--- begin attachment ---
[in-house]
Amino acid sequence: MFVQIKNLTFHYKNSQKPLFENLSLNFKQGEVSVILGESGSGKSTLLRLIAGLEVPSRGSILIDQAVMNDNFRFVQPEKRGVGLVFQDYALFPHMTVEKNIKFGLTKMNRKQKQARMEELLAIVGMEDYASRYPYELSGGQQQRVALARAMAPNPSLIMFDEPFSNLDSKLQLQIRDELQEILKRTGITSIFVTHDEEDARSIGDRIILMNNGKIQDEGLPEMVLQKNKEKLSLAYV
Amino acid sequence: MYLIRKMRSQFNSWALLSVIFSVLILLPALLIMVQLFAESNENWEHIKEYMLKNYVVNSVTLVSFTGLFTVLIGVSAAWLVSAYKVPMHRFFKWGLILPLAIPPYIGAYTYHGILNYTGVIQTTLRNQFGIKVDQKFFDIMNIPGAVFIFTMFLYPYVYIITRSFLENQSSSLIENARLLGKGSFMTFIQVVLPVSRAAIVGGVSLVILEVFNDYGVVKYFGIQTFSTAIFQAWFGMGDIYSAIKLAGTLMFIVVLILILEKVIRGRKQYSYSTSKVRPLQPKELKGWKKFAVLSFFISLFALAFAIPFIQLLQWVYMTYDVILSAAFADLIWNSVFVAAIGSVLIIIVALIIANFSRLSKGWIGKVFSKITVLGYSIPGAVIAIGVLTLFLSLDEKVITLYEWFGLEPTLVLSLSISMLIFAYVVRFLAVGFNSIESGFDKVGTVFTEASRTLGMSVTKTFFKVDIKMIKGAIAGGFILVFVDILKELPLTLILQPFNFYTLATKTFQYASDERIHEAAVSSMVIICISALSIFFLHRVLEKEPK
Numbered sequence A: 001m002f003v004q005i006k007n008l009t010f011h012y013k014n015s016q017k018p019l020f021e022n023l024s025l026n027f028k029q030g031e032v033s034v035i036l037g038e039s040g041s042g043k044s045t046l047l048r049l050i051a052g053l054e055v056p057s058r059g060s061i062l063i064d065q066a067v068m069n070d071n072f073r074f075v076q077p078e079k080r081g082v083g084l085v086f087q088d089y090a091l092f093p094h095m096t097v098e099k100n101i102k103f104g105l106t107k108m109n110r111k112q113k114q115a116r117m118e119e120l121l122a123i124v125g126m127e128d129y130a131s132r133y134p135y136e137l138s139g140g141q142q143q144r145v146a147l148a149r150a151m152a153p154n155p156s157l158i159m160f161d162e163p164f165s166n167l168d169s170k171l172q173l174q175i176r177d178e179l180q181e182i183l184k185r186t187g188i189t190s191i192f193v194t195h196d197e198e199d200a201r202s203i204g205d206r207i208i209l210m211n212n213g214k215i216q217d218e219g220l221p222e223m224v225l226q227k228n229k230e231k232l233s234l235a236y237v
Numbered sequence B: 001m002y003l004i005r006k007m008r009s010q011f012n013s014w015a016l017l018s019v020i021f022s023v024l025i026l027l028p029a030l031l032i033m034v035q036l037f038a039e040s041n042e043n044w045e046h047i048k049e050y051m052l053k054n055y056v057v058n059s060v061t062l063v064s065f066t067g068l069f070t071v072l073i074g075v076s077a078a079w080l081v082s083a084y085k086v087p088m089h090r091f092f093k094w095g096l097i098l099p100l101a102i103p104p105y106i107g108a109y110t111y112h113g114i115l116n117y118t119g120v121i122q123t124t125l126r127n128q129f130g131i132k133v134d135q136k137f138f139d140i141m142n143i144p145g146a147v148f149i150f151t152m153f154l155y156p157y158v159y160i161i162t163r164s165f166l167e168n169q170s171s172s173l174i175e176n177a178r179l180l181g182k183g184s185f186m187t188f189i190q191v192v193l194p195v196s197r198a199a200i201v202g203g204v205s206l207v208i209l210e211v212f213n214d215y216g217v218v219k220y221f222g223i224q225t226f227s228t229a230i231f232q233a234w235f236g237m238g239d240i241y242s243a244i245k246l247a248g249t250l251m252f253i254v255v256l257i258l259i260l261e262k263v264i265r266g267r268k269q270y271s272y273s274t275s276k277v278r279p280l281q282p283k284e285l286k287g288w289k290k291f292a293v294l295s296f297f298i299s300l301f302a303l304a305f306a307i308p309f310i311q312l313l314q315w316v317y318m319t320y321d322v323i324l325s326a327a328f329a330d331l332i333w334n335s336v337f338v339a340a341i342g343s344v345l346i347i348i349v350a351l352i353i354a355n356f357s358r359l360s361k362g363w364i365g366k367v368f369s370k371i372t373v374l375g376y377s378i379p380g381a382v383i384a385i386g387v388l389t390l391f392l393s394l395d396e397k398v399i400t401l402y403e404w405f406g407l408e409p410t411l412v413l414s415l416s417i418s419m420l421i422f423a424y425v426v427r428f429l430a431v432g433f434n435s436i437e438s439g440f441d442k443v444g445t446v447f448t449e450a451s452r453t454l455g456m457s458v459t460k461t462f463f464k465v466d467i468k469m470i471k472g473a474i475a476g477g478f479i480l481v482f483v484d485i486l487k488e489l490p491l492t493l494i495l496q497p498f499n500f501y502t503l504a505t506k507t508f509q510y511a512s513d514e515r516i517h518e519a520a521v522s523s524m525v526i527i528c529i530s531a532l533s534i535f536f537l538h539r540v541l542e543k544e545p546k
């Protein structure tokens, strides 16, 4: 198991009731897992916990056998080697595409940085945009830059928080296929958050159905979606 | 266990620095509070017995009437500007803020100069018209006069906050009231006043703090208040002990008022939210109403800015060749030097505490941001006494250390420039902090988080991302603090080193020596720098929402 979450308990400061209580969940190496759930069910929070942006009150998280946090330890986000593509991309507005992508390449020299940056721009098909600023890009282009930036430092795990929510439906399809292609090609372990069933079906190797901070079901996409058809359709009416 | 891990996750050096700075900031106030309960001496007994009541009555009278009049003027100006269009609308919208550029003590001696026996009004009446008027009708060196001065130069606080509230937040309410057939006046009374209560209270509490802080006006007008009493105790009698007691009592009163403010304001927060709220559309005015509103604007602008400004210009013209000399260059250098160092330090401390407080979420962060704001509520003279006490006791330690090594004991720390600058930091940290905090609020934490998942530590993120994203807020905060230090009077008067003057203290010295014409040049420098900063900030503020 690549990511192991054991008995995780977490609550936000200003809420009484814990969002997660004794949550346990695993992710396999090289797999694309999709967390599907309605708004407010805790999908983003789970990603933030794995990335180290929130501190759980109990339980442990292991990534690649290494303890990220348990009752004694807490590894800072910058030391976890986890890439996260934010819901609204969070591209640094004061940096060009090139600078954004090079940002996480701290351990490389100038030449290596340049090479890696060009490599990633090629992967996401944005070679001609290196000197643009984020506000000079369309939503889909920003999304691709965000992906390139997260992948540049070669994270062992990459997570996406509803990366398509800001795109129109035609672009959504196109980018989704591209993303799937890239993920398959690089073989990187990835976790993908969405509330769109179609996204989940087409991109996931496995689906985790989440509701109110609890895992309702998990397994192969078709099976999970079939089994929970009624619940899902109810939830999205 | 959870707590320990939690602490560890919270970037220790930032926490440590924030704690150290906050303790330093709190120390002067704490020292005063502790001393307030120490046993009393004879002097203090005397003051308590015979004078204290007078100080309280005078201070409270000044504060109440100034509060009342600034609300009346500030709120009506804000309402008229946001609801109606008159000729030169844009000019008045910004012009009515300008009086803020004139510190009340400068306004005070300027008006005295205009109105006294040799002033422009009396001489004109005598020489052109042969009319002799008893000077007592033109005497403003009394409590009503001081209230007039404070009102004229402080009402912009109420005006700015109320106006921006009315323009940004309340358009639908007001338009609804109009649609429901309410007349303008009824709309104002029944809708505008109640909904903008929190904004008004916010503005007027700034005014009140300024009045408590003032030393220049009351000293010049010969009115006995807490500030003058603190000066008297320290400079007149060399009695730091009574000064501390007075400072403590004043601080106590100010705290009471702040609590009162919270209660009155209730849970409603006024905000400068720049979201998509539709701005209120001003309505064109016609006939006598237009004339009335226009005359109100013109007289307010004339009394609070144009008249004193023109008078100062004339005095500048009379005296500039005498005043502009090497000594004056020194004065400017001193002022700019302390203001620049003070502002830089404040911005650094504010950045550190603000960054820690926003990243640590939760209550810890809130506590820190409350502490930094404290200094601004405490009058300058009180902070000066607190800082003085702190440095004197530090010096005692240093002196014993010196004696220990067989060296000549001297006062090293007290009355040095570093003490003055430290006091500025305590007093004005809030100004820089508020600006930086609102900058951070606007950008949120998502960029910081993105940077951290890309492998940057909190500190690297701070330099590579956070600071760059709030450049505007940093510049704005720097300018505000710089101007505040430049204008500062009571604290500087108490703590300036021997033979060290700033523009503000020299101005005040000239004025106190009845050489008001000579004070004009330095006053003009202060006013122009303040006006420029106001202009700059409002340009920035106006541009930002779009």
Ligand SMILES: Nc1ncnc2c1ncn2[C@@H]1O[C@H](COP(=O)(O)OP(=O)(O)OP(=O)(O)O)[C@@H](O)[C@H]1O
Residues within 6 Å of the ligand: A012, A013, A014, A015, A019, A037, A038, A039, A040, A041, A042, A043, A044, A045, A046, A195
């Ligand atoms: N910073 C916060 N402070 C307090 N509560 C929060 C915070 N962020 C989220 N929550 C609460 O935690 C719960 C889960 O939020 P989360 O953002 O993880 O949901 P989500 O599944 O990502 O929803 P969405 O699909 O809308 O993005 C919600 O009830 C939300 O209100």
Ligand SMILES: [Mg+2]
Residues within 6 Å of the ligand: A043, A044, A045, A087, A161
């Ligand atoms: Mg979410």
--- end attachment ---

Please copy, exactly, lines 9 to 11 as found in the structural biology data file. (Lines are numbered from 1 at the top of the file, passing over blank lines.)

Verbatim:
């Ligand atoms: N910073 C916060 N402070 C307090 N509560 C929060 C915070 N962020 C989220 N929550 C609460 O935690 C719960 C889960 O939020 P989360 O953002 O993880 O949901 P989500 O599944 O990502 O929803 P969405 O699909 O809308 O993005 C919600 O009830 C939300 O209100």
Ligand SMILES: [Mg+2]
Residues within 6 Å of the ligand: A043, A044, A045, A087, A161